I love Intensive Interaction so much that I trained as a coordinator and am VERY happy to help you in any way that I can.  Feel free to contact me.


How to get started/Resources

1.   Contact me anytime with any questions. I am an autism mum and an Intensive Interaction Coordinator.  I also volunteer for Treating Autism - biomedical interventions have played an important part in Tom's progress. and mention that the emails is for Tom's mum, Sara. Our website address is

2.   "What is Intensive Interaction?" Dave Hewett answers this question on Youtube. What is Intensive Interaction?. "Who is Intensive Interaction for?"  Dave Hewett also answers this "So, who is Intensive Interaction for?". This clip contains footage of my Tom!!!

3.   For other I.I. Youtube clips, go to this channel. Dave Hewett

4.   Also this one...  Dave Hewett

5.   Very short talk on Intensive Interaction by Miray Kester

6.   Yahoo discussion group for parents using Intensive Interaction with their child. Yahoo group

7.   Upcoming one day Intensive Interaction courses run by Dave Hewett. Intensive Interaction ~ course programme

8.   Look out for Intensive Interaction talks in our future conferences. See Treating Autism for updates.

9.   General I.I. information on Dave Hewett's website or on the I.I. website

10.  Parents' DVD and information pack, as well as parent's course all available soon.  See I.I. website for updates.

11.  Facebook page for Intensive Interaction users. Intensive Interaction for parents.

12.  The Intensive Interaction handbook with a chapter written for parents (available on Amazon). Intensive Interaction handbook

13. Moving beyond the label  A personal account written by the Mum of an autistic boy.

14. Intensive Interaction Parenting  A personal account written by the Mum of an autistic girl.

15. Intensive Interaction article


  1. Thanks Di for making this available and thank you Sara for sharing your and your son's story. I have not heard much,here in Quebec, about intensive interaction. It sounds like a beautiful way to connect.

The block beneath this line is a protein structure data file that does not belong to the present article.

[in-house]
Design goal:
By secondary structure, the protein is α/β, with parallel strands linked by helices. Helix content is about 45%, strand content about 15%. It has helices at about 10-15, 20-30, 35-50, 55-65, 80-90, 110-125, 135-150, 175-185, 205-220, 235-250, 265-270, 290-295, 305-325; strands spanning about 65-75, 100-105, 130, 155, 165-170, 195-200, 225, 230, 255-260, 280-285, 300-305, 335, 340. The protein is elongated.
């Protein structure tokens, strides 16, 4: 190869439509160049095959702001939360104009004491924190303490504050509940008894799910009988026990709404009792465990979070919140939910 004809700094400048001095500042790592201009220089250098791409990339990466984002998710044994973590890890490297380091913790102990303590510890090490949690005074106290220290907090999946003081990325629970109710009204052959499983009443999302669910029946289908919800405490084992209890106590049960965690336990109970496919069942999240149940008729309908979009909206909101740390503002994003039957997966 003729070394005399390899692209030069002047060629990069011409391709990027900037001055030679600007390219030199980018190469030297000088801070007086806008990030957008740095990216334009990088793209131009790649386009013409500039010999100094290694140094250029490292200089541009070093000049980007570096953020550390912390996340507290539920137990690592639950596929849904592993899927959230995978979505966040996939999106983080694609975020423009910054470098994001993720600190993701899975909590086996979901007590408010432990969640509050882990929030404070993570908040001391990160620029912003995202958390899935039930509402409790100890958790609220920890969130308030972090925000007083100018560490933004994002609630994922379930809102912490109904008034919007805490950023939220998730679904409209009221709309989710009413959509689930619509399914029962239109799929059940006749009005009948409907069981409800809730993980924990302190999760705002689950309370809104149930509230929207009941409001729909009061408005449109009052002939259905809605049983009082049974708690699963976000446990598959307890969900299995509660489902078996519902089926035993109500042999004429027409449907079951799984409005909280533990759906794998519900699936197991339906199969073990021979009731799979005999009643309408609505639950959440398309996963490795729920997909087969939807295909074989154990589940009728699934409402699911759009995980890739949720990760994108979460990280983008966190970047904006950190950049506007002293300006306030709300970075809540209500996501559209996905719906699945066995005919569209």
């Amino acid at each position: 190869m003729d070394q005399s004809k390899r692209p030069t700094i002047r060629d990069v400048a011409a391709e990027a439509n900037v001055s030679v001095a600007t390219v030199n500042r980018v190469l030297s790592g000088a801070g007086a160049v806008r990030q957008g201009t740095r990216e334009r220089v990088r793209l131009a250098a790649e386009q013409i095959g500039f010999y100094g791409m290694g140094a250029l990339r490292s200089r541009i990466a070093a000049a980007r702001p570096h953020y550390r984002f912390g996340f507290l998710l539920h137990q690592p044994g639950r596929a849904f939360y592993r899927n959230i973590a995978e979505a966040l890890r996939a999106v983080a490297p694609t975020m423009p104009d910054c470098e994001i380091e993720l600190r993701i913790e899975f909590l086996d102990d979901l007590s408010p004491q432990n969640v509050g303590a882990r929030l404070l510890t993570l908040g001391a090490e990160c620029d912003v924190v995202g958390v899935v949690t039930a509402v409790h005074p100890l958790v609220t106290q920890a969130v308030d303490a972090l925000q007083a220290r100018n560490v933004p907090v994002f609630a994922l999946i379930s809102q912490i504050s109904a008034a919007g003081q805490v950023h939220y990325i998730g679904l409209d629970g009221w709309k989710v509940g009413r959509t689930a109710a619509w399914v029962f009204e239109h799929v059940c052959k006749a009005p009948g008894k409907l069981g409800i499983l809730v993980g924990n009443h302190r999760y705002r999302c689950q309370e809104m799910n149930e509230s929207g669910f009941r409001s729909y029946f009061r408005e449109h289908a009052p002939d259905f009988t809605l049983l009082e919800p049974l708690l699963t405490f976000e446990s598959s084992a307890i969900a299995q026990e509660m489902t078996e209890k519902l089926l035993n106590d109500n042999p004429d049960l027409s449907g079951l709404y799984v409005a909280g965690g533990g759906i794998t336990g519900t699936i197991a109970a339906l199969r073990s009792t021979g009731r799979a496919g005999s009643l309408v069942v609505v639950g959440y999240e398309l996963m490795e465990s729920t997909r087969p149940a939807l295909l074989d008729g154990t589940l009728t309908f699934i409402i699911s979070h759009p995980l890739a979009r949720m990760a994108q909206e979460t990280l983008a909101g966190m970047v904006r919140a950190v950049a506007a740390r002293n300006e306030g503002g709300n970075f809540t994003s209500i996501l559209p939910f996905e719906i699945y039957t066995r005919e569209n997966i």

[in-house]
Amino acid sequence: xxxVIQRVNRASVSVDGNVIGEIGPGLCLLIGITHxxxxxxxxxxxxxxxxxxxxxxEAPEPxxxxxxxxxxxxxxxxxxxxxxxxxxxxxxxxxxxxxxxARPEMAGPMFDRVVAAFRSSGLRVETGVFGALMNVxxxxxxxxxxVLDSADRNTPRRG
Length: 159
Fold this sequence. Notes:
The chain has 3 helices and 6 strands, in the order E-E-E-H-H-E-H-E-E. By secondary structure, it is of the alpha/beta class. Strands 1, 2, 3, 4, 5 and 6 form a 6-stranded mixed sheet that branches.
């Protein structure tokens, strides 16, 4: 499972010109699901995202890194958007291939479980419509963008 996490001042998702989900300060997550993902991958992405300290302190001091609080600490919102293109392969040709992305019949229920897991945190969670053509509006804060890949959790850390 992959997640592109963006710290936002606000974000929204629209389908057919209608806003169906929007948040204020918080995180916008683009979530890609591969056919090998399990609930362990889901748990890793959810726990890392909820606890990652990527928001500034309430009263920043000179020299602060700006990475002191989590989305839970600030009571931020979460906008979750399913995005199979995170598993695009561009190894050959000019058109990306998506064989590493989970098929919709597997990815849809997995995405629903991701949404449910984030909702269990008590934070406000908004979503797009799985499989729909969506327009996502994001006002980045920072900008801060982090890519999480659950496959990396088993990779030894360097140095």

1. Hi Jasmin, Intensive Interaction originates from the United Kingdom and it hasn't been marketed extensively. Thanks for dropping by.

  2. Wow, what an interesting series. Thank you for posting them. We do a certain form of this it seems (from the brief outline anyway) and I also think it helped Sophie to come back to us (still autistic, but like Sara said, interactive and relating to us). I will be curious to read more about this method.

    1. Hello there, Sophie's mum. Great to hear that what you are doing has made Sophie more interactive with you. It is always so interesting to learn about the different methods. Thanks for your comment.

  3. Hmmm I have forgotten to include the new Facebook group "Intensive Interaction for Parents" in the resources at the end.
    Thanks so much for your kind comments. I really am happy to be contacted any time about II.
    A BIG thanks to Di for publishing this on her blog SARA xxxxxxxxxxxxxxxxxxxxxxxxxxxxxxxxxxxxxxxxxxxxxxxxx

    1. You are welcome, Sara. The facebook group is there... Number 11! ;)

  4. Very interesting
    The more I think about it - the more RDI and Floortime seem similar ( even Sonrise )
    I love the idea that we are giving messages to our kiddos by our beahvior

    1. @Floortime Lite Mama ~ from what I understand, the similarities are that they are all developmental therapies, as is Intensive Interaction. I do think there are major differences between them all. RDI certainly focuses on the parent/child *guiding* relationship and restores that relationship. I don't have enough knowledge of the others to comment. Thanks for your comment. xx

  5. A very interesting serie of posts that I hope parents have found helpful.
    Well done!

    xx Jazzy